The days of the Celtic Tiger may be behind us, but Ireland is well on the road to recovery. Pro-business policies have made the country an extremely favourable environment for startups, and the capital can lay a convincing claim to be Europe’s Silicon Valley. Here are just seven of the most interesting and highly awarded startups finding success in Ireland.
The best startup concepts are the most simply explained, and it doesn’t get much more straightforward that Fillit: it’s Airbnb for spaces. Whether you’re looking for an event or party venue, advertising space, meeting space or temporary office, Fillit can help you connect with spaces in your area and arrange a hassle-free, competitive booking.
Prospective renters can browse an online catalogue of spaces to find the perfect venue, then pitch their intended use and book with a simple interface. Exhibitors meanwhile can add details and images to illustrate their space, and only accept the pitches they deem suitable. Fillit has already expanded out from the capital and across Ireland, and is likely to make the jump to the UK and Europe before long.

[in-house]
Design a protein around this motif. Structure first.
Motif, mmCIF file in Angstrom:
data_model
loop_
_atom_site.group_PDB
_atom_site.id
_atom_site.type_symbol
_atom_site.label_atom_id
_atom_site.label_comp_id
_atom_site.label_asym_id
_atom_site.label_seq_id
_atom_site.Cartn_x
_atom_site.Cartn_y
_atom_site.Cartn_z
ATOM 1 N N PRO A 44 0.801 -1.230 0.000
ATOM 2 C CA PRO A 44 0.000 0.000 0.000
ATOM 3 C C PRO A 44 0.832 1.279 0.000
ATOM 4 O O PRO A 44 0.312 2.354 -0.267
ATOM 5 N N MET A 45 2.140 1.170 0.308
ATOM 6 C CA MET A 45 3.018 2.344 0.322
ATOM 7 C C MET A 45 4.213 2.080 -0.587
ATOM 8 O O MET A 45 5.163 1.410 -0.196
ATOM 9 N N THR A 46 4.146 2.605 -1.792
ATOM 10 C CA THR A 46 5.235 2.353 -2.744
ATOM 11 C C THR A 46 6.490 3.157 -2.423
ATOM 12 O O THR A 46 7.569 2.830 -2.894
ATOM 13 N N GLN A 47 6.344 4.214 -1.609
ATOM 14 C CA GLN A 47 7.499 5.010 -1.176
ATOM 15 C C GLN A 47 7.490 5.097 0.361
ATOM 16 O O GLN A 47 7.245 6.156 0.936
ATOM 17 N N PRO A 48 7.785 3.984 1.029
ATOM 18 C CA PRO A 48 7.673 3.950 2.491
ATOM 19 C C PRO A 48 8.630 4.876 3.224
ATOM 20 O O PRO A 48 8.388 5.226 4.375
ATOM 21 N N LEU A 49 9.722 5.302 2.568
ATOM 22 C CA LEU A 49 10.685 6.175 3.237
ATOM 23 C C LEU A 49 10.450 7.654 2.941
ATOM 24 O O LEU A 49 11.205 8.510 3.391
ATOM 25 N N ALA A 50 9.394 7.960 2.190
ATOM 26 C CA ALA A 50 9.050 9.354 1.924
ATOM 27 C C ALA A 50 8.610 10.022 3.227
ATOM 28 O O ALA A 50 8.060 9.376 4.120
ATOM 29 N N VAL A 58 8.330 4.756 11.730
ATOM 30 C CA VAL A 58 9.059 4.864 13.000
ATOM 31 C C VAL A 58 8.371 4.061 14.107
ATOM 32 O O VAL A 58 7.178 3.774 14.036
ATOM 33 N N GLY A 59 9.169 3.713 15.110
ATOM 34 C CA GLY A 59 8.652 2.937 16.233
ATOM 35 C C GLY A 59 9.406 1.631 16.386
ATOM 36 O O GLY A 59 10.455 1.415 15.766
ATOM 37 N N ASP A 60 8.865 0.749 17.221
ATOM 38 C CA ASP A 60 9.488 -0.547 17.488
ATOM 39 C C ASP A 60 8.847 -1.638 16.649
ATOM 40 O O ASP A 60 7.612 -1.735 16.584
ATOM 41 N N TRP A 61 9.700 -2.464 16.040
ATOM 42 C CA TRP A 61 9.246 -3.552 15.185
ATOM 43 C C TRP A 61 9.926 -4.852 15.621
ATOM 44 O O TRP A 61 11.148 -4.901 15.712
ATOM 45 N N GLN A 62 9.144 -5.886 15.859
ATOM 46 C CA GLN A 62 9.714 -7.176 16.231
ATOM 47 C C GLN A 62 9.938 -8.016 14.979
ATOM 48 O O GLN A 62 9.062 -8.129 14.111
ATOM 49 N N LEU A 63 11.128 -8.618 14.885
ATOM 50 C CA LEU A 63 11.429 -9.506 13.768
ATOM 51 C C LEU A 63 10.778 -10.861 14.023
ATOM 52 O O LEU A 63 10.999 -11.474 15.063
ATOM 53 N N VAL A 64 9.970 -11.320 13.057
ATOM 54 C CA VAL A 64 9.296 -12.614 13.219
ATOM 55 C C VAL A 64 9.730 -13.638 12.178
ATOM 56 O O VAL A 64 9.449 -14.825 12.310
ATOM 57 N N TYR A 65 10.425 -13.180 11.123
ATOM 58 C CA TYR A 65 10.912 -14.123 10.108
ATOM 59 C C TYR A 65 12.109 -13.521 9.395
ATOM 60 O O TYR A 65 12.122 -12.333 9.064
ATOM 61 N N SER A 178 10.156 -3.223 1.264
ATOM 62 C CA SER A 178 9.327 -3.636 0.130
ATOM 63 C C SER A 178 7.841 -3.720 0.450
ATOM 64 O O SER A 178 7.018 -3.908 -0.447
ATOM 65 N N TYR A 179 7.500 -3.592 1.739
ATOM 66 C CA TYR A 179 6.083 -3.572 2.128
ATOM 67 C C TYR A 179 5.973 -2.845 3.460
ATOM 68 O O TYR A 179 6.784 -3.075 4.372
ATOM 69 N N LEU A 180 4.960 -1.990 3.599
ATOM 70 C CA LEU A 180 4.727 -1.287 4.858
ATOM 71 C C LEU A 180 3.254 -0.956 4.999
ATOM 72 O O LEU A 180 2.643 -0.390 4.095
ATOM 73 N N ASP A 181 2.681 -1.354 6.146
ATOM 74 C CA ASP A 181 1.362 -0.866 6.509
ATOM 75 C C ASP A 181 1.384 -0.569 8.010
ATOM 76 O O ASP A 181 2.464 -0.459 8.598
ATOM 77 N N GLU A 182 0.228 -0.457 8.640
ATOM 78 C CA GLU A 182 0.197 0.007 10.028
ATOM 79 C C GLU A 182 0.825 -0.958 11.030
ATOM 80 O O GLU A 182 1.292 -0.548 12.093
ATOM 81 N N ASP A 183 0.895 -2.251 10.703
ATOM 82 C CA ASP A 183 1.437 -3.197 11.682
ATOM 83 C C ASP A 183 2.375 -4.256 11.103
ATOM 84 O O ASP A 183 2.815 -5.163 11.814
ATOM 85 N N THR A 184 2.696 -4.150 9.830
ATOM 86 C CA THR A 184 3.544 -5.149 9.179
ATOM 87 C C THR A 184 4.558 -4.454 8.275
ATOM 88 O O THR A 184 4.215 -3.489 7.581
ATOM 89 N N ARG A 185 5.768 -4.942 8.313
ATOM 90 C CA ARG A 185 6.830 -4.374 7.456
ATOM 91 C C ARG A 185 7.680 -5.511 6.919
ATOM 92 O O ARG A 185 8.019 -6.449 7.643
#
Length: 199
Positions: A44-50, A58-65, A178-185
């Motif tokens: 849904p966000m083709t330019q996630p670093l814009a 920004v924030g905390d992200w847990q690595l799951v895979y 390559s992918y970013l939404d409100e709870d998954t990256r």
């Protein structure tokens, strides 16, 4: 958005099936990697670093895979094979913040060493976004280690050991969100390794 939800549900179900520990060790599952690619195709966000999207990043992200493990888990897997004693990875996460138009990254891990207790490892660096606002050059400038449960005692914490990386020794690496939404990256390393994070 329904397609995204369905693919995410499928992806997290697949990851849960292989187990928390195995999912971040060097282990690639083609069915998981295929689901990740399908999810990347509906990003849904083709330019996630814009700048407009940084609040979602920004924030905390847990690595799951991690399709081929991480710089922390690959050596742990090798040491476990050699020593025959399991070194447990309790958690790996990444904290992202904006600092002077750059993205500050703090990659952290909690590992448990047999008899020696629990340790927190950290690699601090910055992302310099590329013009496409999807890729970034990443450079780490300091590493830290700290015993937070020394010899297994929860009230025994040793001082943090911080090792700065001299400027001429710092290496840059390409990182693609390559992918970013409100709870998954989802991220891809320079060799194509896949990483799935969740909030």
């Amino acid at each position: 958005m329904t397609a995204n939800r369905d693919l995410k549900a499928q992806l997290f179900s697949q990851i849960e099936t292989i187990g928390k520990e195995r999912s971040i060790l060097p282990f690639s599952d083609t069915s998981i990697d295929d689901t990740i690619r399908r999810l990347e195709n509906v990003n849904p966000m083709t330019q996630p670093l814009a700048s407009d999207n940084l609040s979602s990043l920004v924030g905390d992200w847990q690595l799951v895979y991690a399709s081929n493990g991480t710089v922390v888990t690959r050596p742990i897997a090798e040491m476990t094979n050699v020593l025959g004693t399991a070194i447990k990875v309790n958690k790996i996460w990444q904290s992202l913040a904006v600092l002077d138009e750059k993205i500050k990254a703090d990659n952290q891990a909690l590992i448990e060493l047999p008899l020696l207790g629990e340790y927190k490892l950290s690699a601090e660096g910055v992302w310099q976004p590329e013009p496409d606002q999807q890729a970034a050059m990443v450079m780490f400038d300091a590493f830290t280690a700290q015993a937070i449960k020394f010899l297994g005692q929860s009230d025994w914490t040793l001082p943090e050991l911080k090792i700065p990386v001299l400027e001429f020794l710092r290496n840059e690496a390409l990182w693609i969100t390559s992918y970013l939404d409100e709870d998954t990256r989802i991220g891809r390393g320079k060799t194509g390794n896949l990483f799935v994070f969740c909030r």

Terms like Big Data and Predictive Analytics have gone under the radar in the last year or two, as cryptocurrency and blockchain have begun to dominate the startup ecosystem. CitySwifter is one of the most promising examples coming out of Ireland, and is looking to apply these concepts to a relatively novel field: public transport.
Buses often operate with very few passengers, and take prescribed routes which can be highly inefficient. CitySwifter aims to use its analytics to assess demand, predicting the capacity and requirements of buses at particular times and locations. Transport companies can then apply this data to optimise schedules, and even only send buses to the stops where they are needed.
No tech startup ecosystem would be complete without an aspiring cryptocurrency business. Mingo are aiming to replicate the success of digital currencies like Bitcoin and Ethereum by floating their own currency called (quite logically) Mingocoin. The difference is that Mingo are targeting a mobile audience, and one that doesn’t necessarily have any experience with cryptocurrencies.
A combined messenger app is the key draw, merging all of your conversations from Facebook, Twitter, Skype and other apps into single feeds. This is then packaged with a digital wallet and gamified elements, giving you rewards and experience points when you play games and use MingoCoins.